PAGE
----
Back in March 2020, as the world was about to be plunged into a global heath crisis and the UK into lockdown, Brandon Lewis made a statement to the Commons on the legacy of Northern Ireland’s conflict.
It was the first indication that the Government intended to move away from the previous Stormont House legacy agreement.
The secretary of state for Northern Ireland, Brandon Lewis, announced plans to implement an information-recovery process that would “end the cycle of reinvestigations for the families of victims and veterans alike”.
Boris Johnson was under increasing pressure from a number of MPs — the highest profile of which was Johnny Mercer — to put an end to the prosecution of soldiers who served in Northern Ireland during the Troubles.
The timing of Mr Lewis’ statement meant it did not receive the scrutiny it may have in a more normal news cycle.
Fast forward to July 2021 and the Government published a Command Paper entitled Addressing The Legacy Of Northern Ireland’s Past.
As expected, it outlined how the Government intended to end all future criminal investigations.
The proposals included a statute of limitations on future prosecutions of military veterans and ex-paramilitaries for Troubles incidents predating April 1998.
However, the proposed legislation went further in that it would not just end criminal prosecutions, but all Troubles inquests and civil cases.
Instead, victims would be offered an opportunity to participate in an information-recovery process.
The Command Paper received an almost universal backlash. It united victims of loyalist, republican and state killings in opposition to a closing of every possible avenue of justice.
Politicians from all parties also condemned the government’s plans.
The legislation was to begin passing through Parliament last Autumn; instead, it was delayed while the Government took legal advice on how to end all Troubles prosecutions within the parameters of international law.
The Northern Ireland Troubles (Legacy and Reconciliation) Bill will, as expected, contain an information-recovery process.
It includes the setting up of a new body, the Independent Commission for Reconciliation and Information Recovery (ICRIR), which, the Government say, “will conduct investigations, consistent with our international obligations”.
The ICRIR will have the power to grant immunity from prosecution based on an individual’s cooperation with the body’s inquiries. Those who do not cooperate will remain liable to prosecution.
This closer aligns the Government’s plans to similar models of truth recovery that have been implemented in other post-conflict zones, including the South African model.
Any inquests currently in train will continue. They include those that formed part of the Lord Chief Justice’s plan for dealing with legacy inquests.
However, any future applications for a fresh inquest will not go ahead.
The legislation states that inquests that have reached “the stage of substantive hearing by the date 12 months after the date of introduction or the date by which the ICRIR is operational will be allowed to continue”.
Civil claims that already existed on or before the day of the bill’s introduction will also continue, but all new cases will be barred from this date.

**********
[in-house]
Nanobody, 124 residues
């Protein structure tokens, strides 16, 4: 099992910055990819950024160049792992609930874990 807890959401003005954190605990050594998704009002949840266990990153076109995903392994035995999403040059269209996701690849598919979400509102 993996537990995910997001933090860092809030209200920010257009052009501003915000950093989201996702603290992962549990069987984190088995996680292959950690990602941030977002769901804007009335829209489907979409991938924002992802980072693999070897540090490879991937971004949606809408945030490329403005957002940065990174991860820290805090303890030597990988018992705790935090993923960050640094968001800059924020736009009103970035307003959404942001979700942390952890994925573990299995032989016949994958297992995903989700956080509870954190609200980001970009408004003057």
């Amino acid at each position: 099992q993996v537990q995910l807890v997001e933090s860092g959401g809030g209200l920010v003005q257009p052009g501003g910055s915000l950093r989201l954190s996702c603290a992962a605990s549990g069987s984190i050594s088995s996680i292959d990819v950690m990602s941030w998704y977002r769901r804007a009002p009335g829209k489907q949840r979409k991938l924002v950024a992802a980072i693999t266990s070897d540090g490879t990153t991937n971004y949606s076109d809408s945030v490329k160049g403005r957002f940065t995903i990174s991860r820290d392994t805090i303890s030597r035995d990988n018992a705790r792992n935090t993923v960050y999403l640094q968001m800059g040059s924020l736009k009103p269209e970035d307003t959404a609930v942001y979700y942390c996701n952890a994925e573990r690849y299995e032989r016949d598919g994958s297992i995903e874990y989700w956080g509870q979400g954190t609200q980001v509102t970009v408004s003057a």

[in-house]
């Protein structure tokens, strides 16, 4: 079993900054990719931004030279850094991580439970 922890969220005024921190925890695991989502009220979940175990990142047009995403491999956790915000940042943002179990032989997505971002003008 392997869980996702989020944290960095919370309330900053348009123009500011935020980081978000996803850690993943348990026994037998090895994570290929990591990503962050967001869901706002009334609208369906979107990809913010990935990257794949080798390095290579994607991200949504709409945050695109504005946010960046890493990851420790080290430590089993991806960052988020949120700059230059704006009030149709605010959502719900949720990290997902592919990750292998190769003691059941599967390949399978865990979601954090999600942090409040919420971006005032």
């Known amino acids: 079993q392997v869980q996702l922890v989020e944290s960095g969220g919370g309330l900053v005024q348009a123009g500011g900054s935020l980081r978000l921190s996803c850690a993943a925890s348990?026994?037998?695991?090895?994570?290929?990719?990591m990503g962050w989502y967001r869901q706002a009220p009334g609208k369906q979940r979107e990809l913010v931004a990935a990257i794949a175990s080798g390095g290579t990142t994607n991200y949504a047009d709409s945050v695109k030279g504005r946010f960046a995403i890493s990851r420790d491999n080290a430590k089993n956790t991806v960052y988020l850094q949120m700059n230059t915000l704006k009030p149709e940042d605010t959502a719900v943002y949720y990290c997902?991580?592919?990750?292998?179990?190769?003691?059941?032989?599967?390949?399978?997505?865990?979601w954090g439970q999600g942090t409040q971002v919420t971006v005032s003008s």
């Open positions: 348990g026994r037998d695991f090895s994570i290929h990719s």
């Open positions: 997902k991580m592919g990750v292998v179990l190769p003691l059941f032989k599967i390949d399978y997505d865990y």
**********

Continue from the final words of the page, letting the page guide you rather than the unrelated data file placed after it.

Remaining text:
It will also include an official Official History project conducted by historians, underpinned by what the Government say is “unprecedented access to the UK documentary record”.
This is the only element of the bill that also formed part of the Stormont House Agreement.
Brandon Lewis said: “Immunity will be provided to individuals who cooperate, which provides the best route to give victims and their families answers they have sought for years, as well as giving our veterans the certainty they deserve.”
“Following an extensive period of engagement, the Government has amended previous proposals set out in a Command Paper last year to ensure they better meet the needs of those most impacted by the Troubles.”
It seems clear that since last year the Government has sought much wider legal advice and the new legislation attempts to close off any potential legal challenges from the families of victims.
The plans now align themselves with other similar post-conflict arrangements around the world.
While victims of state violence have relied on the support of the powerful Irish American lobby, they are unlikely to find an official US government policy of intervention given the plans are similar to what was negotiated in Afghanistan, where a peace agreement was reached between the US and the Taliban in February 2020 and where it was accepted that an amnesty was a prerequisite to those peace negotiations between the Afghan government and the Taliban.
The post-apartheid South African Truth and Reconciliation Commission had an amnesty committee that considered applications and granted immunity based on cooperation. This was seen as compliant with international law.
The legacy bill introduced unilaterally and without any input at Assembly level will anger victims and campaigning groups who represent them, but it seems highly unlikely that they can now stop the plans either legally or politically.
And while it may be worded differently to the 2021 Command Paper, the end result will be the same: an end to all criminal prosecutions.